Tuesday 23 June 2009

I am offended

Here's another of those "offensive" flag stories, this time involving the National Library of Scotland:
... a member of staff was told to remove several Saltires, a Lion Rampant and a red tartan chair from his work station.
Fair enough in certain circumstances, I think.

Like this:

According to Martyn Wade, National Librarian, "We merely asked a single individual to remove what we considered to be an excessive display of large flags from a desk in a shared, professional work area, and we would have done so regardless of what the flag was or indeed any other adornment."
That sounds fine - it's just a regular matter of common sense rules in the workplace.

Or is it?

How about this:

It was, according to Director of Customer Services Alex Miller, a nationalistic display "more appropriate to the football terraces."

Ms Miller's concern, she said, was that the display might intimidate non-Scottish colleagues.

For goodness sake. This is the National Library of Scotland. If someone is intimidated by a display on the grounds that it is Scottish they shouldn't be working in our National Library. More to the point, why on earth are there so many managers in the public sector who have no loyalty to those who pay their wages?

1 comment:

David Farrer said...

Comments made on previous template:

The Young Oligarch
Mr.Farrer , 
I thought I'd made it clear that I had no problem with small , appropriate displays of national pride . 
When I lived in England , the run-up to every international turned the town centre into a scene we would usually only see outside Hampden Park . While most people were merely expressing their legitimate pride in their country , many were using this as an excuse for anti-Scottish , thuggish intimidation . I was indimidated and I'm 6' tall and felt myself part of the community . 
This woman's display sounds excessive and might intimidate those who had experienced more aggressive behaviour from our fellow Scots . It doesn't matter whether it is in the National Library or any other Government office . If she had a 6" tall mini-saltire , no one would have bothered . Instead she made an exhibition of herself and , by extension , us all . 
Proportion , as I said .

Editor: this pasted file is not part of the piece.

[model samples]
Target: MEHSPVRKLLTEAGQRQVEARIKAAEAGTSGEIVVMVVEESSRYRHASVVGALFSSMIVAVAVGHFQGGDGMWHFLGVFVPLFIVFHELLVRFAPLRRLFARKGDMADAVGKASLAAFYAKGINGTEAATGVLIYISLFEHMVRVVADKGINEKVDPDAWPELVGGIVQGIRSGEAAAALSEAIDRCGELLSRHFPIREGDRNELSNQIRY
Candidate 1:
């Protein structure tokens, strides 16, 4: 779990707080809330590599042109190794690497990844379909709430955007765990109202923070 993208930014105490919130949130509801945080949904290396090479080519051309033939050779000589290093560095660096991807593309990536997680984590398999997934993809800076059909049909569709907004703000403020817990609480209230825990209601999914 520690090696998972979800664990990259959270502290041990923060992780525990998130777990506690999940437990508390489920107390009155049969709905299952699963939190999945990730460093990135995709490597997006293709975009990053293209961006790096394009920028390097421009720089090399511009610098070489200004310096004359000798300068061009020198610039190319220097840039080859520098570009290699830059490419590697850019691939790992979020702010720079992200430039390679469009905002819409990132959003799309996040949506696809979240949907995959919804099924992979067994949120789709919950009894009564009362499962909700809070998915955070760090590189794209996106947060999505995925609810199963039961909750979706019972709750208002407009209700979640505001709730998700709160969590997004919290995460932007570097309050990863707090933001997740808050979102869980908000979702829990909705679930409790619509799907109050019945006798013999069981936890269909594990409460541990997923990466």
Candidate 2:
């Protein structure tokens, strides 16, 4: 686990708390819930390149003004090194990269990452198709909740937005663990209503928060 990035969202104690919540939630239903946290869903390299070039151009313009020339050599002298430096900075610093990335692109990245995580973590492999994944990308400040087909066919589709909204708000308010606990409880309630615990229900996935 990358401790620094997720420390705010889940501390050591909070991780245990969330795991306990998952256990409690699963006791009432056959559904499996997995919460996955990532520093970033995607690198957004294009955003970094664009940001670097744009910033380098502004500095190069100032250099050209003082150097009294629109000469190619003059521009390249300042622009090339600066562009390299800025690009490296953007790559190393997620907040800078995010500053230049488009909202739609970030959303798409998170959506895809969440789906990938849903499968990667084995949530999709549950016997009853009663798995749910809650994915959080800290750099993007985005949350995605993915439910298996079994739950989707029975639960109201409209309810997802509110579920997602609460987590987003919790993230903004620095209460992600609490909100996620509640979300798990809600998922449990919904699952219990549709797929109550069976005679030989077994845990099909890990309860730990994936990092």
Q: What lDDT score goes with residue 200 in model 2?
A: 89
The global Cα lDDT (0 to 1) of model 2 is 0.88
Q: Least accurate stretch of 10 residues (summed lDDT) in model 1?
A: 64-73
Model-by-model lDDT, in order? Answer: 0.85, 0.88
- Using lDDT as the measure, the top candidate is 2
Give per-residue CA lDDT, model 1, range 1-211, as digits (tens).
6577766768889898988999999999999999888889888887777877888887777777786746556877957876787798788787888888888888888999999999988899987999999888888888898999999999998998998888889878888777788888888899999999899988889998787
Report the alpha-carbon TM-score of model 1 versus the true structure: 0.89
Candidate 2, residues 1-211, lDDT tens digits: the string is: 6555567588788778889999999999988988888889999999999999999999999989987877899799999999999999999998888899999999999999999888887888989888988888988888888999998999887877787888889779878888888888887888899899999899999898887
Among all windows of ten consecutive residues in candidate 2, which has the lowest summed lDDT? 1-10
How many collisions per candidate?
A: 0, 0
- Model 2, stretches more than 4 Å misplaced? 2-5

24 June 2009, 23:22:51 GMT+01:00
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David Farrer
I too have no problem with a workplace policy that states "no personal displays". My objection is to the statement that "the display might intimidate non-Scottish colleagues". The idea that a Scottish flag might intimidate colleagues is bizarre, especially in the National Library. 
When I lived in England I liked seeing the St. George's Cross as it demonstrated an understanding of the difference between England and Scotland.

24 June 2009, 21:14:30 GMT+01:00
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The Young Oligarch
Mr. Farrer , 
When I lived in England I found the ubiquity of St.George's Crosses in the run-up to football matches intimidating . For many people it was merely an expression of their patriotism , but for many others it served an aggressive , anti-Scottish purpose . 
This lady's display at her place of work could easily be seen in such a light . 
What would be wrong with a small St.Andrew's Cross on her desk ? Why did she , apparently , have to deck out her work place like a shortbread tin with Fran and Anna on the lid ? 
I fear she may have lacked a certain amount of proportion .  
Since she is a public servant , I can see no problem with her being asked to tone down her ostentatious display .

24 June 2009, 17:56:30 GMT+01:00
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I'm sure this type of thing goes on all the time. Well done the worker for contacting Christine Grahame though.

24 June 2009, 09:57:53 GMT+01:00
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Completely agree with your post. I'm Irish working in Glasgow for the last 7yrs & don't have the slightest problem with displays of Scottish Nationalism, Ms Miller's comments are quite simply ridiculous.

24 June 2009, 00:17:19 GMT+01:00
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john b
(sorry, aware you're not public sector, should've been 'their')

23 June 2009, 23:26:00 GMT+01:00
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john b
I thought we paid your wages

23 June 2009, 23:25:39 GMT+01:00